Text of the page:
Along with my personal encounters with suffering, I attended a funeral Mass for a stranger—my first such event! Our parish priest during the close of the Sunday liturgy told the congregation of a tragic story about a young military mother who died of brain cancer. He notified us of the funeral time to see if anyone wanted to attend to support her family.
The School of Suffering
Such macabre normally causes me pause—and even fright—however, the school of suffering taught me that death is not the greatest fear in this world. Grounded in my faith combined with the teacher of experience, I learned that death is not the end! While moments of despair linger daily, hope persists. Earlier in 2017, I read Fr. Michael Gaitley’s book ‘You Did it to Me’: Divine Mercy in Action. In hindsight, picking up his work at the Lighthouse Catholic Media kiosk in my church’s atrium was a turning point in my spiritual life. For those that have not heard of this title, the premise of the book involves providing practical ways to infuse divine mercy into our daily living.
Chapter Two of Divine Mercy in Action focused on the corporeal works of mercy of paying our respects to the deceased and welcoming strangers. Fr. Gaitley provided pages at the end of each chapter for practical tips to grow in holiness. Attending a stranger’s funeral—one of the suggestions— piqued my interest. I thought I would have to wait until my children were grown-up in order to actualize the corporeal work of “burying the dead” in my own life.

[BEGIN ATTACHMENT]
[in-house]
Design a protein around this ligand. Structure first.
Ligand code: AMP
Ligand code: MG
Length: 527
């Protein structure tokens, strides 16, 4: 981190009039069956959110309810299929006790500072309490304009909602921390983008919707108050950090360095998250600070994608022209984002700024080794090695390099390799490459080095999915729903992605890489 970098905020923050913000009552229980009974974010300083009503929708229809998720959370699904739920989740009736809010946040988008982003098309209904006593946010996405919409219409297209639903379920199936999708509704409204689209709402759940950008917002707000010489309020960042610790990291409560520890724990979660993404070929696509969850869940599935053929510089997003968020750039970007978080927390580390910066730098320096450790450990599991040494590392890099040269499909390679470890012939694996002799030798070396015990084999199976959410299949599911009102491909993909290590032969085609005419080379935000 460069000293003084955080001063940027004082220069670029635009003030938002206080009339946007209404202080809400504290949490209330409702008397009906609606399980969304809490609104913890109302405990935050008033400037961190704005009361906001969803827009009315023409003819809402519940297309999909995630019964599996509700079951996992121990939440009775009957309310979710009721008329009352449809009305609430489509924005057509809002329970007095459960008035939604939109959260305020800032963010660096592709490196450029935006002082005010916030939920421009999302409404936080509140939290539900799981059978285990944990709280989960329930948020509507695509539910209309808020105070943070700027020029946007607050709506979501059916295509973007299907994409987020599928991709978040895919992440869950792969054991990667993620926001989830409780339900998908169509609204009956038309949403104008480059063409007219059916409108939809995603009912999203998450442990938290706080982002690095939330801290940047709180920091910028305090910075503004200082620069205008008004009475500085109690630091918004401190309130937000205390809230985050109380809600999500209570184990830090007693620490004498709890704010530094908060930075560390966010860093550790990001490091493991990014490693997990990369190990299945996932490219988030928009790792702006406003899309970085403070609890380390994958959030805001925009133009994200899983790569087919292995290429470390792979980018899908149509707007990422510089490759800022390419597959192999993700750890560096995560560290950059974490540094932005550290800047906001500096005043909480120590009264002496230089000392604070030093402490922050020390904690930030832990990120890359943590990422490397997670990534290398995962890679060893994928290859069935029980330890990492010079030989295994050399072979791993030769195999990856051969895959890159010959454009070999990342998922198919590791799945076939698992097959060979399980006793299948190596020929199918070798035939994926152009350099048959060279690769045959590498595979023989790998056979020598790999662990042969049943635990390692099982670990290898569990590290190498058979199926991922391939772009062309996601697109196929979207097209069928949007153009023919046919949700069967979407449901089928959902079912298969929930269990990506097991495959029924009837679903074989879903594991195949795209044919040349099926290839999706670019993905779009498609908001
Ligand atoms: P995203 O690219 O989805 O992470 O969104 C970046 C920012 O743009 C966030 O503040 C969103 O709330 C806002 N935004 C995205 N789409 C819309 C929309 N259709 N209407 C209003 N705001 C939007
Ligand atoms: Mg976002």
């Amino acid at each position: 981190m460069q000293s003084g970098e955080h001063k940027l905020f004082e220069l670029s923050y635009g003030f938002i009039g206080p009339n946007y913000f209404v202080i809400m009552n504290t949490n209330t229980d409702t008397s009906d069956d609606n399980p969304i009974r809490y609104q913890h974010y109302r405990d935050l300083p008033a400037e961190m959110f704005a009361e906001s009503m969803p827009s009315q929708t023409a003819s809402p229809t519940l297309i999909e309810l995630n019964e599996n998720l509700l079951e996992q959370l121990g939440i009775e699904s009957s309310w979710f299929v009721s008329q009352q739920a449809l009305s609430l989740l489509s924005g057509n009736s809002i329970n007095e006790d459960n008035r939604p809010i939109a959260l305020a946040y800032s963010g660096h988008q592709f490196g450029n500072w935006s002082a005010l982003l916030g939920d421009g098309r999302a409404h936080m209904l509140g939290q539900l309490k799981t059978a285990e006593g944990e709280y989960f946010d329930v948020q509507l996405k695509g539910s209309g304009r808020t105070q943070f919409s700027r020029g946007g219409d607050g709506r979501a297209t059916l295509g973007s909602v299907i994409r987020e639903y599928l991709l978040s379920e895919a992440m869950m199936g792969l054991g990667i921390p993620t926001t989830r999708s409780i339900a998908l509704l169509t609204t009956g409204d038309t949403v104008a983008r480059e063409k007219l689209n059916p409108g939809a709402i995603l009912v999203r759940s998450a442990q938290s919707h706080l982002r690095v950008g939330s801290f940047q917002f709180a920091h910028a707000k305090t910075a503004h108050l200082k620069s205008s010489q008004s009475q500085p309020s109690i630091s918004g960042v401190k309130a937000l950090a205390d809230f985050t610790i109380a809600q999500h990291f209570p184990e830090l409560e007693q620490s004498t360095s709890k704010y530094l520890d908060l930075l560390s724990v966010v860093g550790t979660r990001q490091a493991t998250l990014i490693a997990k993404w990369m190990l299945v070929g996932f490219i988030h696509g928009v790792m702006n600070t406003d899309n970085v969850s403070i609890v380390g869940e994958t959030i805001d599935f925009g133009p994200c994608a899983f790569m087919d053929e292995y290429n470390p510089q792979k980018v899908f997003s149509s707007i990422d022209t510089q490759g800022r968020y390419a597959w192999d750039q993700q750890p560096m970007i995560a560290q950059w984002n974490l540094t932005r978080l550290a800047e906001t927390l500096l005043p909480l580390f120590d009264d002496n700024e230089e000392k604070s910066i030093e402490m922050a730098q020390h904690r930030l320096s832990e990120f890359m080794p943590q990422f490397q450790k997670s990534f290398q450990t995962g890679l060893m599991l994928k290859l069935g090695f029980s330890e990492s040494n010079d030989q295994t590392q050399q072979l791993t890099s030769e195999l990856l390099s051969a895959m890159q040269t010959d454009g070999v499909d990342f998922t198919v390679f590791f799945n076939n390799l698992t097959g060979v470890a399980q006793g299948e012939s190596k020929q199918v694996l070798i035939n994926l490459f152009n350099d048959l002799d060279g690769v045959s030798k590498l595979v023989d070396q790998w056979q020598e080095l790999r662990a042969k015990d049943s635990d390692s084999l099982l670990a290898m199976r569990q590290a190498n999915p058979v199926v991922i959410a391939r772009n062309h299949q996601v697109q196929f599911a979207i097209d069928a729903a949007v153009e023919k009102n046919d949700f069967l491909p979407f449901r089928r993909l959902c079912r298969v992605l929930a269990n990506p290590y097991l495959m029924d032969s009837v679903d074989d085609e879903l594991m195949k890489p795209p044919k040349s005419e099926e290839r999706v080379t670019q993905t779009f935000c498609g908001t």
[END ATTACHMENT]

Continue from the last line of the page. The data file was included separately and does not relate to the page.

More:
The Curious Work of the Holy Spirit
The Holy Spirit works a mysterious and curious manner. Heeding my priest’s words, I scarified my time, something of myself. In a sense, I died—died to my fear—fear of showing up to an event where I knew no one aside from the presiding priests at the funeral. One caveat on this point, I actually did not stay for the entire Mass, and I never was able to enter the church! Instead, I roamed the church vestibules as I brought my two young children with me. Frequently chasing my runaway two-year old eventually got the better of me. Mother Teresa once said, “God doesn’t require you to succeed, he only requires that you try.”
Death is Not the End
The saint of Calcutta’s wisdom provides us hope. Hope in a better tomorrow. Hope that death is not the end. The sainted nun stated, “I know God won’t give me anything I can’t handle. I just wish he didn’t trust me so much.” Hearing those words always helps to re-orient my gaze toward hope and aids me in trusting the Lord. Jesus urged his apostles [and us today] in Matthew 16:24-26 to plunge headlong into the suffering of the Cross in order to fully follow Him.
The Resurrection of Jesus Christ provides all believers the hope that death is not the end! My grandfather was a humble man of steadfast faith. I confidently hope and pray for the repose of his soul that he is able to experience the joy of the Beatific Vision. I prayer for the souls of my unborn daughter and the young military mother whose funeral I attended as well.
“Eternal rest grant unto them [these three beautiful souls], O Lord. And let the perpetual light shine upon them. And may the souls of all the faithful departed, through the mercy of God, rest in peace. Amen.”
Editor’s Note: Post originally published on January 20, 2018.